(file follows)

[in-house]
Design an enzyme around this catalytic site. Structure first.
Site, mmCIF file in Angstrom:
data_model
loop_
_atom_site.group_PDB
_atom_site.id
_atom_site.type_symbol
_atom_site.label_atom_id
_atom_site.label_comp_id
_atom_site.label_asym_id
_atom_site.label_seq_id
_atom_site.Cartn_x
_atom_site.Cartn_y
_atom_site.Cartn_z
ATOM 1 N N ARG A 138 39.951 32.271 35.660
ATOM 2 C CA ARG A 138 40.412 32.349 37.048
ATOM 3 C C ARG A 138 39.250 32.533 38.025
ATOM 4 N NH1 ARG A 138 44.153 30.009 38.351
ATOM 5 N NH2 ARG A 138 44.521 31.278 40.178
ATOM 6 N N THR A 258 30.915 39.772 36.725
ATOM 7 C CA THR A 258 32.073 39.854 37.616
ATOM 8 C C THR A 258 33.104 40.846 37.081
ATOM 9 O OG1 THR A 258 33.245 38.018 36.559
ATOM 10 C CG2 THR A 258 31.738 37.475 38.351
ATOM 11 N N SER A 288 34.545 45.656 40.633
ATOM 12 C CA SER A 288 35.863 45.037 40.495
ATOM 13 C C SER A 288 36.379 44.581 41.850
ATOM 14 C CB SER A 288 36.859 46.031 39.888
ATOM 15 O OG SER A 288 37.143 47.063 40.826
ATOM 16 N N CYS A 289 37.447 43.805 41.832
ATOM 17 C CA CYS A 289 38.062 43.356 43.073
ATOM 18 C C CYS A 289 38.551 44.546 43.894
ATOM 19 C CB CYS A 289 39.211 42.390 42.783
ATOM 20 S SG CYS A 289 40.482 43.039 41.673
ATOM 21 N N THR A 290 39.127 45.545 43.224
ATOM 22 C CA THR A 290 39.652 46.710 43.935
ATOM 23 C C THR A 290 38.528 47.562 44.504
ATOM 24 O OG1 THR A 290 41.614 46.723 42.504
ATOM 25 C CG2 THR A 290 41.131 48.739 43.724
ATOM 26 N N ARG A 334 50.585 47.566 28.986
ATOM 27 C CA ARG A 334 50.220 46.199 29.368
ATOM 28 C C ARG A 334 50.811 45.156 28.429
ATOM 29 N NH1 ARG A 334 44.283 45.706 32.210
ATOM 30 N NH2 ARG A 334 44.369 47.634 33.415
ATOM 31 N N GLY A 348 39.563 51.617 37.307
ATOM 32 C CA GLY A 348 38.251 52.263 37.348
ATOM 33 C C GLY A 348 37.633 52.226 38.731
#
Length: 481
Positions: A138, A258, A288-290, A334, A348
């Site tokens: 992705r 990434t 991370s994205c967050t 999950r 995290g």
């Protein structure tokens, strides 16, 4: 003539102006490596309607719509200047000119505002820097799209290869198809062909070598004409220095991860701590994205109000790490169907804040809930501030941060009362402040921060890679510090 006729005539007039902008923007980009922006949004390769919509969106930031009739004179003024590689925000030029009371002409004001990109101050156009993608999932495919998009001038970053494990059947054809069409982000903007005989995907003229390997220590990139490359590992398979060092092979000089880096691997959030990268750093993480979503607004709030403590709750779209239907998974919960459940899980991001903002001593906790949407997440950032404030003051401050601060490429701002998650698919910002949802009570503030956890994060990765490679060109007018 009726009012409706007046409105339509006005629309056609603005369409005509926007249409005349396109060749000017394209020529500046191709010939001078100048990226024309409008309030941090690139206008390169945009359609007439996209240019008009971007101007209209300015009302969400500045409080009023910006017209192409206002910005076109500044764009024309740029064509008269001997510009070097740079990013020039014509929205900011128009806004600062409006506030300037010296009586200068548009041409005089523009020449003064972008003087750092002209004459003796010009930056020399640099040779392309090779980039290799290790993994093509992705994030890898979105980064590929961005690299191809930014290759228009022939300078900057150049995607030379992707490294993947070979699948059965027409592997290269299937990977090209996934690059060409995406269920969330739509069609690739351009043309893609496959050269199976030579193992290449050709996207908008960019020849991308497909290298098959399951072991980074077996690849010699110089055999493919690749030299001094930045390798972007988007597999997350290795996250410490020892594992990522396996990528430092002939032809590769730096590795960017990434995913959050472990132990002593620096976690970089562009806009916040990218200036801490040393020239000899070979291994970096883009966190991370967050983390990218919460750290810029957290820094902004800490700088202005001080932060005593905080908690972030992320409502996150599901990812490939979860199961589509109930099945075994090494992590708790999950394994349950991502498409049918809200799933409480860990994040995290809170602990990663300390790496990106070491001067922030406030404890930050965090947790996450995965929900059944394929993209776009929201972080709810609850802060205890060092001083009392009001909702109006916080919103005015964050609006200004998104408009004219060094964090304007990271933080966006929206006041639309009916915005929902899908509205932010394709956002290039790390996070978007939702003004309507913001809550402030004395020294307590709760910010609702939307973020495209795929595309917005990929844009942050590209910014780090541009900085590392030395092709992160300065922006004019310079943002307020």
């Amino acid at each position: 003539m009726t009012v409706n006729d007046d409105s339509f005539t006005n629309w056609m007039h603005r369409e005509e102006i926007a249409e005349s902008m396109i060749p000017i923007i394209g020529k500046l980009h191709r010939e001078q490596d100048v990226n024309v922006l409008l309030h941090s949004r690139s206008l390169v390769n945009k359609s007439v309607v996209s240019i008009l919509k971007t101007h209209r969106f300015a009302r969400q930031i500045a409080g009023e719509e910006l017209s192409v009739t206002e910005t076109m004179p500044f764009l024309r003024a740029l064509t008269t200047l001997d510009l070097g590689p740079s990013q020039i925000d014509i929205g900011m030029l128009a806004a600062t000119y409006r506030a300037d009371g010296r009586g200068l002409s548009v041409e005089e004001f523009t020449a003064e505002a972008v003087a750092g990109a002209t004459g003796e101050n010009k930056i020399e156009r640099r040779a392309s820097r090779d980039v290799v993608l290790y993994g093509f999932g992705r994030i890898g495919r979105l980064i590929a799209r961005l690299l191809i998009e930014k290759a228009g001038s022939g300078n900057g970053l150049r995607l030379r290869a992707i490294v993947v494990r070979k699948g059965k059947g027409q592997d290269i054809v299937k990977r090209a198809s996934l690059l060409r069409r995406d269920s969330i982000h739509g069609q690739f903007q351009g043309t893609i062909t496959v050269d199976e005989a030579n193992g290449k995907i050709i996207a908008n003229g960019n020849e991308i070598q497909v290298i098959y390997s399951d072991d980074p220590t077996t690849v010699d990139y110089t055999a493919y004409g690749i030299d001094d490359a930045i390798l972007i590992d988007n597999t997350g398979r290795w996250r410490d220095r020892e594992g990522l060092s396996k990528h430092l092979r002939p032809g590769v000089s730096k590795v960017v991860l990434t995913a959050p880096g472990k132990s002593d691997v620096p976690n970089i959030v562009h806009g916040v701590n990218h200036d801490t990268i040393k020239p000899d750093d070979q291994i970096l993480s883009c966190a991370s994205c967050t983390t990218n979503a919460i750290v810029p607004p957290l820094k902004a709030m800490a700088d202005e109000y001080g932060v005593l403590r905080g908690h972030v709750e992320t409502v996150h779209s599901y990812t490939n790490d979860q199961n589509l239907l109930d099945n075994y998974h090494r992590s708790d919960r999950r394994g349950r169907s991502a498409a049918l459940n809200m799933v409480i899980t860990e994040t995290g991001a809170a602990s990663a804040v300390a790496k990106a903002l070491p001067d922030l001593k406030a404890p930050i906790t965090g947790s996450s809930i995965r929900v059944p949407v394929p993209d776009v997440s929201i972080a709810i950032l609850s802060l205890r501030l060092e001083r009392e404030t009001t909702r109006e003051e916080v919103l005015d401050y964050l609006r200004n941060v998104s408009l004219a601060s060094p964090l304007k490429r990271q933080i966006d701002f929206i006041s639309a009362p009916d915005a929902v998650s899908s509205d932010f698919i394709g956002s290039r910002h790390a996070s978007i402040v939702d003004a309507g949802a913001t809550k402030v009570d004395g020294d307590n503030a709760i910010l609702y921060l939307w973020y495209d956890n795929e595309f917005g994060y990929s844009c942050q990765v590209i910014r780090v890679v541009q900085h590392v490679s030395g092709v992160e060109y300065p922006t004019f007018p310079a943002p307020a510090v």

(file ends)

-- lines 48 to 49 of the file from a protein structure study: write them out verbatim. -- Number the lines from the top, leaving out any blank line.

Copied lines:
ATOM 33 C C GLY A 348 37.633 52.226 38.731
#